USS ENTERPRISE C
Camille's tone is one that I immediately got used to. Plenty here to love about this album. There's a nice mix of original songwriting as well as interpretations. Also a balance of uptempo and mellow tracks. The musicians really excel. I love the lyrics and arrangement of Wayne Shorter's Infant Eyes. You don't have to speak French in order to appreciate the universal language of music. J'adore la musique!
Superbe premier disque de Camille Bertault, découverte sur YT par les magnifiques superpositions de sa voix sur les chorus de Coltrane ou de Hank Mobley. Elle excelle ici dans sa reprise sur des paroles originales de Infant Eyes, l'envoûtante composition de Wayne Shorter. Un grand début pour Camille Bertault dans la grande tradition du "vocalese" à laquelle Mimi Perrin sut donner en son temps au sein des Double Six tout son éclat en langue française.http://coeurquijazze.blogspot.fr
Favorite track: Infant Eyes.
In recent years, it has been common for stars to be born through the means of social media. The immediacy of the Internet and the demand for content has made it possible for savvy artists to find their audiences and develop them. Though occasionally, there is the story of a whim turning into an opportunity.
During the early summer of 2015, French vocalist Camille Bertault began utilizing her special talents of solo transcription and vocal dexterity to record herself singing remarkably to famous solos by jazz legends. She made videos of the performances and posted them to Facebook without much thought. The result was an immediate landslide of attention, but more than just acknowledgment of a quirky video, true fans began to call.
That was how Bertault came to the attention of Sunnyside Records. After being introduced by producer Matt Pierson, it turned out the vocalist had a recording already in the works; it was just a matter of tweaks and the recording, En Vie, was ready for the public.
Bertault’s story didn’t begin here. Her initial foray into music began when she was four years old, beginning classical piano studies with her father in Paris. As an amateur jazz performer, her father led her to her appreciation of the genre and she became accustomed to singing in familiar company. Fifteen years of musical and theatrical training, including a stay at the Conservatory of Nice (where she moved at 14 years old), prepared Bertault for the world of a performer.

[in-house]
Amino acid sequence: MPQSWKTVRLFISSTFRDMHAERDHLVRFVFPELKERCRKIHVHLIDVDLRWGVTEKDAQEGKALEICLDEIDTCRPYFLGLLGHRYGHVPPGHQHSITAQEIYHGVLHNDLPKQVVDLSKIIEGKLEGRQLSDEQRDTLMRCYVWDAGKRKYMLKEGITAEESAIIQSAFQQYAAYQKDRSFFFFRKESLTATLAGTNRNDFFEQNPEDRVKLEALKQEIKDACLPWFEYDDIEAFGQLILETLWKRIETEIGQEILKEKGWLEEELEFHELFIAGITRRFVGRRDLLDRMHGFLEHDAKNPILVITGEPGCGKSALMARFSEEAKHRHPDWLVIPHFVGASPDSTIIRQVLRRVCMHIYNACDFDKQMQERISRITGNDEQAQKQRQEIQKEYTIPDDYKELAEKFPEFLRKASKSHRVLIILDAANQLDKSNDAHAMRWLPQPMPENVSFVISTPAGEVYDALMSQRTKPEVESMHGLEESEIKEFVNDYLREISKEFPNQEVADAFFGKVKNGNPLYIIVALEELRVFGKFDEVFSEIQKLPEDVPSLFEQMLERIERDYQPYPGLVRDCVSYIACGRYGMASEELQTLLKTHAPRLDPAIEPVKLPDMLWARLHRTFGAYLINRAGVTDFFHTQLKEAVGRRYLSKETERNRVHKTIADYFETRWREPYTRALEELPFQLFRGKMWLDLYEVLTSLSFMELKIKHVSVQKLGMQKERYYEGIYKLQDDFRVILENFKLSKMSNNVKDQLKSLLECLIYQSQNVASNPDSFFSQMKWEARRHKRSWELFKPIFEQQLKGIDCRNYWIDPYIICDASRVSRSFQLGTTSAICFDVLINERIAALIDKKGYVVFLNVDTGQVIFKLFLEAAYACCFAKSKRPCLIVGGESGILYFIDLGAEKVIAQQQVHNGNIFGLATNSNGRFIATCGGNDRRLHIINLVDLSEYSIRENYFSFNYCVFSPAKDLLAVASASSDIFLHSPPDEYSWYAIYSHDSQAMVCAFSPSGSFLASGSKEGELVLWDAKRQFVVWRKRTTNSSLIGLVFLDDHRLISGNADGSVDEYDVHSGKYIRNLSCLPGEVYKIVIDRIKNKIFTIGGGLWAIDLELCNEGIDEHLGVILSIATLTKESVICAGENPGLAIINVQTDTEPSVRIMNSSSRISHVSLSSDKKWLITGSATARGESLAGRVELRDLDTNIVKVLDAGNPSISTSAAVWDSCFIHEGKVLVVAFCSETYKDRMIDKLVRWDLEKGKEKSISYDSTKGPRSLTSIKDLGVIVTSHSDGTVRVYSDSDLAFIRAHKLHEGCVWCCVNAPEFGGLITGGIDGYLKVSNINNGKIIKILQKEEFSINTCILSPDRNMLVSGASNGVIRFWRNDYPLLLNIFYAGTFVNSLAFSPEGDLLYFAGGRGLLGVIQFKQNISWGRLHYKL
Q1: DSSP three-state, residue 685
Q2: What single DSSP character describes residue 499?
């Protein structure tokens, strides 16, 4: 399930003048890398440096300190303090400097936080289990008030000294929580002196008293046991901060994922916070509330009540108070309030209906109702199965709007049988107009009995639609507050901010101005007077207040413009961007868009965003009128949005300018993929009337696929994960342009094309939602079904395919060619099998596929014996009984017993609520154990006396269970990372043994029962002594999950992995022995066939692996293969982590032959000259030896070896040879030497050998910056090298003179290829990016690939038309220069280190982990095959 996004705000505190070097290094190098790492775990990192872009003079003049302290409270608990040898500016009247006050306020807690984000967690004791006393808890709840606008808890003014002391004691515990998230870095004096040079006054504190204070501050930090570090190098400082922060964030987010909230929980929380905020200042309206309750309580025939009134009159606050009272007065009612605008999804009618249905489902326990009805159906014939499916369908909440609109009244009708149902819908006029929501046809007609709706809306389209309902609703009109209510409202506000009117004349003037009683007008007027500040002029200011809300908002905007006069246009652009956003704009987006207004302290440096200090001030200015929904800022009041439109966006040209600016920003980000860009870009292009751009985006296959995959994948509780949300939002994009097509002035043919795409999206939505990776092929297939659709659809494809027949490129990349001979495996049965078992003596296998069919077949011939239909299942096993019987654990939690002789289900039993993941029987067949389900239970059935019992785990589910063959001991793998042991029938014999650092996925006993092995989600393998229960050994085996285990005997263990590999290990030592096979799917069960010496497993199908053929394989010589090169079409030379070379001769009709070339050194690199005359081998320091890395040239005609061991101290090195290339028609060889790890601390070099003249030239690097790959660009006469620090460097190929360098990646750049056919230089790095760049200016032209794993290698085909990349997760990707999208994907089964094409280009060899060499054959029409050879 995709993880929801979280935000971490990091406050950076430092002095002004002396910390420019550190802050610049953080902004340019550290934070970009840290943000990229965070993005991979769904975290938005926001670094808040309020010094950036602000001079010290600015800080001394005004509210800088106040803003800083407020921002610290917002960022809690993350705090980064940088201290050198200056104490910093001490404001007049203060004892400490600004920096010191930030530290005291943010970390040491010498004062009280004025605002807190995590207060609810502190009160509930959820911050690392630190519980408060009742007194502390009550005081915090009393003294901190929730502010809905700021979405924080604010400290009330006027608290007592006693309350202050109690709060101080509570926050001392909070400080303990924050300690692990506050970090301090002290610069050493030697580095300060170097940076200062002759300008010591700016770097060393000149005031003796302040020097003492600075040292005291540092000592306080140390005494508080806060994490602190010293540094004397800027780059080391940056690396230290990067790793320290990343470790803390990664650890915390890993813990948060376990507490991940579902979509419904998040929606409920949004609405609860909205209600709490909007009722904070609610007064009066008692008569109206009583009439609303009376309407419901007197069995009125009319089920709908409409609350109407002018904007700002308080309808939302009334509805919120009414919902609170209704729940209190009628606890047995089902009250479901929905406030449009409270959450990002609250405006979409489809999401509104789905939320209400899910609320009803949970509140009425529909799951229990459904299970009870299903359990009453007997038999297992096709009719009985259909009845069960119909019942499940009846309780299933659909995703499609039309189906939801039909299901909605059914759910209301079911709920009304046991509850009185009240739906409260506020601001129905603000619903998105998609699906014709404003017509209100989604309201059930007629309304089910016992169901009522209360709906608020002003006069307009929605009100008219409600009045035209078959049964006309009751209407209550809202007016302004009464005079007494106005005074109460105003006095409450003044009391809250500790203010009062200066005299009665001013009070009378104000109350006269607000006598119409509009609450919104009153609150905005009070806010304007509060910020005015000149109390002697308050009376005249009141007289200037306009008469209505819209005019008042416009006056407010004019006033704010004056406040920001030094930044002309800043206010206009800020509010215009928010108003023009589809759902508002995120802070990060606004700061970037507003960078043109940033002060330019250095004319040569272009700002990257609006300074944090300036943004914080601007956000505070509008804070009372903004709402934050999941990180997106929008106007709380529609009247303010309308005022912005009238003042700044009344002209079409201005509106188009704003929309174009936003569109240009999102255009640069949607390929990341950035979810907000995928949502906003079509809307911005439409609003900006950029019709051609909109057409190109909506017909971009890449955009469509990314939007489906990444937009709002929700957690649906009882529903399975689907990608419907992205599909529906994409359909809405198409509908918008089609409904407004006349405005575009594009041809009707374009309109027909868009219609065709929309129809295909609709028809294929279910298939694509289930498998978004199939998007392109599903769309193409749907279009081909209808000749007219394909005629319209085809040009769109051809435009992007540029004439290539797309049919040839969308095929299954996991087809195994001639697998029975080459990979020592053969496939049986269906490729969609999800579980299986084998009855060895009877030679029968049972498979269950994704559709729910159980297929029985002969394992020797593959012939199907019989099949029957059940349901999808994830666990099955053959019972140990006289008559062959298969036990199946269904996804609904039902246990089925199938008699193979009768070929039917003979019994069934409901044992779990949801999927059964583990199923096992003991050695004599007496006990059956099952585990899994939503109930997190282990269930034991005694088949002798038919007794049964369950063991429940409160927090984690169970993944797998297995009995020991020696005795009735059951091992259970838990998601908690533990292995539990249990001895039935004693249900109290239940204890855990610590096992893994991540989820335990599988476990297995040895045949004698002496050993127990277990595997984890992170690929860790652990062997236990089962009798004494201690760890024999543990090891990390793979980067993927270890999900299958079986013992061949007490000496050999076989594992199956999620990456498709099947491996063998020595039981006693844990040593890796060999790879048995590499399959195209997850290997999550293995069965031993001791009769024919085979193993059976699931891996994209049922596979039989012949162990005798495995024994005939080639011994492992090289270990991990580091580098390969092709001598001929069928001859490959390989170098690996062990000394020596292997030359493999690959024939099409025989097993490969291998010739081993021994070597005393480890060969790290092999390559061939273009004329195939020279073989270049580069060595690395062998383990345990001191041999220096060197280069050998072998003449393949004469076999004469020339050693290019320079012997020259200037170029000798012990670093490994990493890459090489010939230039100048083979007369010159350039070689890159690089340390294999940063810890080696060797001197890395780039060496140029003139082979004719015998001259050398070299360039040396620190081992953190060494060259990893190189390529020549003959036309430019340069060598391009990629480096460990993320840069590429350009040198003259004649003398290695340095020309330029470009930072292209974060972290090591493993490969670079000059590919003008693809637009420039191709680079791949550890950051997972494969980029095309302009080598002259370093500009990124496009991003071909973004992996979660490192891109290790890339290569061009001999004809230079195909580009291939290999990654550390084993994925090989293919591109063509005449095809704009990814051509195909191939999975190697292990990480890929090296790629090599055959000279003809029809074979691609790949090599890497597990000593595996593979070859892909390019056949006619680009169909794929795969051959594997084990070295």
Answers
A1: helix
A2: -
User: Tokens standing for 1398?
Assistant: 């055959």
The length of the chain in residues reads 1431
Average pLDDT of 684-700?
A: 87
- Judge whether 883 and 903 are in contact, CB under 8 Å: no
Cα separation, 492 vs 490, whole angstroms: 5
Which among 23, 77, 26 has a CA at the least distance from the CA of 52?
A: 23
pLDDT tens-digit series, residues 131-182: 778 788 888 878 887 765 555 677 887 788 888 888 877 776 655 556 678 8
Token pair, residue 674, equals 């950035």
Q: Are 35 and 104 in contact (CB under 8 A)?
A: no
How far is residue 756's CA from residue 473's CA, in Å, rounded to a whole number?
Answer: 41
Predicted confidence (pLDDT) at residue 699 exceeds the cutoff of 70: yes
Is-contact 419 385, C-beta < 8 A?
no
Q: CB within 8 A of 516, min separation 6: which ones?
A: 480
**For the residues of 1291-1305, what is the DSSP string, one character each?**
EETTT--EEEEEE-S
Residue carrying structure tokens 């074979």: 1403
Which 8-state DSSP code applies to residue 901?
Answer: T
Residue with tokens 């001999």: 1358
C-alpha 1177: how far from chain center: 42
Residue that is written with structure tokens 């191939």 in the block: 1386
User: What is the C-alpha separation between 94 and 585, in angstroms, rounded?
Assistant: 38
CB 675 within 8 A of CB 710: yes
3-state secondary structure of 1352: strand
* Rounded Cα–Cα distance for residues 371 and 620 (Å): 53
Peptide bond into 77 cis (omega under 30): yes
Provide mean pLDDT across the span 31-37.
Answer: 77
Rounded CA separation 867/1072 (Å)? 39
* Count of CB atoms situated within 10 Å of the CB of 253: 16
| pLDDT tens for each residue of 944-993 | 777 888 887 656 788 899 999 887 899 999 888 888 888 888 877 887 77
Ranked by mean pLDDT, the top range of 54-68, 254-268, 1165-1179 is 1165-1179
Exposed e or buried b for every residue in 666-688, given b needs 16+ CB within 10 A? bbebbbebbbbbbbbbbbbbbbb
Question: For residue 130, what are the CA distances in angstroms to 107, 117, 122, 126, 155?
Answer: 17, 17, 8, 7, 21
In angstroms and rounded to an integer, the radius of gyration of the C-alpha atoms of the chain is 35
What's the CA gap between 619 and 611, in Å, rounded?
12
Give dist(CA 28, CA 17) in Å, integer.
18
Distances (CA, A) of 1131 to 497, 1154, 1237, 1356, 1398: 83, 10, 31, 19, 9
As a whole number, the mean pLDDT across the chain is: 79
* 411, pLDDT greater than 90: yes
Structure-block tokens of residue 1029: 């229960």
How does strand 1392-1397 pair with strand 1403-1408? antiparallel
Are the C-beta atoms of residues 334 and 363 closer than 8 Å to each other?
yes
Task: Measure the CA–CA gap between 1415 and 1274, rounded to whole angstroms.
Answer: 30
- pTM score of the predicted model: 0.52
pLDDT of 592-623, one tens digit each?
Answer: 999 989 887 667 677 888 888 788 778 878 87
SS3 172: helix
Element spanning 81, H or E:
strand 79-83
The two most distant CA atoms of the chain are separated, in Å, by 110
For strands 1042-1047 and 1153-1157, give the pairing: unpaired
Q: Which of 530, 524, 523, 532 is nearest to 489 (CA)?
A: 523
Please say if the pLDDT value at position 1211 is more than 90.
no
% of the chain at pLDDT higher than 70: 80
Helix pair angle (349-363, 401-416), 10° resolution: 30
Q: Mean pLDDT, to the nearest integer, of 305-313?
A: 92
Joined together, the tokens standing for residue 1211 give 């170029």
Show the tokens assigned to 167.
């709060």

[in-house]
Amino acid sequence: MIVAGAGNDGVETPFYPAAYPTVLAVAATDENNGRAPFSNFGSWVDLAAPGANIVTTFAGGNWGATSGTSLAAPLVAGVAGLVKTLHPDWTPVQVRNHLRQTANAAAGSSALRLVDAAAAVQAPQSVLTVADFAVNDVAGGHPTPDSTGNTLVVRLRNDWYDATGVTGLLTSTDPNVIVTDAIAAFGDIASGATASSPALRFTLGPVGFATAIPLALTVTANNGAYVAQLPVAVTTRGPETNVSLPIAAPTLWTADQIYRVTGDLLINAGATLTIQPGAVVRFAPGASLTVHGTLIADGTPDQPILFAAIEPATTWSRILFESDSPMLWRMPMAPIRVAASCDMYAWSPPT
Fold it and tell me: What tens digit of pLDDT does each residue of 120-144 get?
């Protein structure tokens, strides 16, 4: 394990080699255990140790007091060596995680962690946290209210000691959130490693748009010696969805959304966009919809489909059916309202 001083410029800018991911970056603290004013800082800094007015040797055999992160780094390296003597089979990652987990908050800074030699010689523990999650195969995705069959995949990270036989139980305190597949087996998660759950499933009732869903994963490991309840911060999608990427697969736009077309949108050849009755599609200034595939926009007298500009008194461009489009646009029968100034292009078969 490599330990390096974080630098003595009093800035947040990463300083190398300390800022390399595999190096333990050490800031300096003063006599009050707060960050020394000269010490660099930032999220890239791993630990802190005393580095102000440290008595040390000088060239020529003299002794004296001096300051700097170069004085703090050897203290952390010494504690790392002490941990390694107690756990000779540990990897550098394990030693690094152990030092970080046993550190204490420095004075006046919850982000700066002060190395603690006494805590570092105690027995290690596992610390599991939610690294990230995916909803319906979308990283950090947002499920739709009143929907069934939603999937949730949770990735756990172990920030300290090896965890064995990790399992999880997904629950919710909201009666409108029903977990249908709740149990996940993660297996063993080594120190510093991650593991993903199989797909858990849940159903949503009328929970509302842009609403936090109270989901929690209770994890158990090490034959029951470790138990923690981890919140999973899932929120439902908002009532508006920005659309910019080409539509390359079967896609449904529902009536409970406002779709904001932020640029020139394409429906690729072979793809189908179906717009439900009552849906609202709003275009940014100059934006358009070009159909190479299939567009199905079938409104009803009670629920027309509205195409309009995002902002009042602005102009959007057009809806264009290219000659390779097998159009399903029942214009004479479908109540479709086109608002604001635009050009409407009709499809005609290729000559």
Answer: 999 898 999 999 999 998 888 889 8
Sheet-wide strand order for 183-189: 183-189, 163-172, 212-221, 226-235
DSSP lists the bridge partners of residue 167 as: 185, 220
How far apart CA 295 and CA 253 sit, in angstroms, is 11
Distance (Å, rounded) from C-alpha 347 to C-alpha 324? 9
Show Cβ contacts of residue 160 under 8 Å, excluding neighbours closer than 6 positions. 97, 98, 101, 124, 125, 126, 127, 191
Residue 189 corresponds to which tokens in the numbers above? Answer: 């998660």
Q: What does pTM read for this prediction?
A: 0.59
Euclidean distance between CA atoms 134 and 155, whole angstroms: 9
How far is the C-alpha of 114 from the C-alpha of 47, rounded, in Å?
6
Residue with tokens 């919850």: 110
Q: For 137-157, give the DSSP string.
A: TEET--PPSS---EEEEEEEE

For Bertault, the art of the lyric is just as important as the composition. The importance of telling a story with wit and sincerity became a high priority. Bertault also owes her ability to deliver these lyrics with such emotion and drama to her study of the theatrical. Her musicality is apparent in her solo transcriptions that brought her to the attention of the jazz world, but it really shines in her own compositions and arrangements.
Bertault has been involved in the Paris jazz scene for some time, leading jam sessions and widening her base by hosting a web series for Japanese viewers who want to learn French and about Paris (she speaks Japanese, by the way). In her travels, Bertault was introduced to pianist Olivier Hutman by her friend Sara Lazarus. After a few gigs, they decided to record an album. Hutman assembled the rest of the rhythm section: bassist Gildas Boclé and drummer Antoine Paganotti.
For En Vie, Bertault brought six original songs and four well-known standards. All of the lyrics that were recorded were written by the vocalist.
The recording begins with “Quoi De Plus Anodin,” which is Bertault’s version of Herbie Hancock’s “Empty Pockets” and is the story of a pickpocket, mirroring this hard life with a light but empathetic blues. The accelerated “Course,” or “Race,” brings to mind the fast paced life of the city with four overdubbed voices in a tight harmony. Bertault’s lyrics to the beautifully played Wayne Shorter ballad “Infant Eyes” bring to mind the purity and magic seen in the glimmer of a child’s eyes. Inspired by a witty line of Jacque Brel, the title of “En Vie” is wordplay on “alive” and “envy,” as the song itself is just as lively. Jimmy Rowles’ “Peacocks” is reborn as “Cette Nuit” or “Tonight,” where Bertault imagines a dream about peacocks in a strange ambiance, including colorful plumage.
Another clever turn of phrase is in the title of “A La Mer Tume,” which means “to the sea” but could be misinterpreted as “amertume” or “bitterness,” with allusions to the sea, waves and drowning in bitterness. Bertault’s “Double Face” is about everyone’s two sides, her wordless vocals and her effervescence carrying this lively performance. The narrative of “Tatie Cardy” is about an old woman having tea who suddenly feels the ground shake from an explosion, making her heart race. This theme is echoed wonderfully by the speedy ensemble and their dynamic lyricism. “Prélude” is Bertault’s lovely interpretation of Ellington’s “Prelude to a Kiss” and her original lyric is about the sensation experienced just before a kiss. “Satiesque” is written with the impressionist composer Erik Satie and his influence in mind.
It is her talent, wittiness and magnetizing personality that have brought Camille Bertault to the attention of so many so quickly. Her new recording En Vie will not disappoint a public that is excited to hear a new talent who is fast on the rise.
released April 15, 2016
Camille Bertault - voice, compositions, lyrics
Olivier Hutman - piano
Gildas Boclé - bass
Antoine Paganotti - drums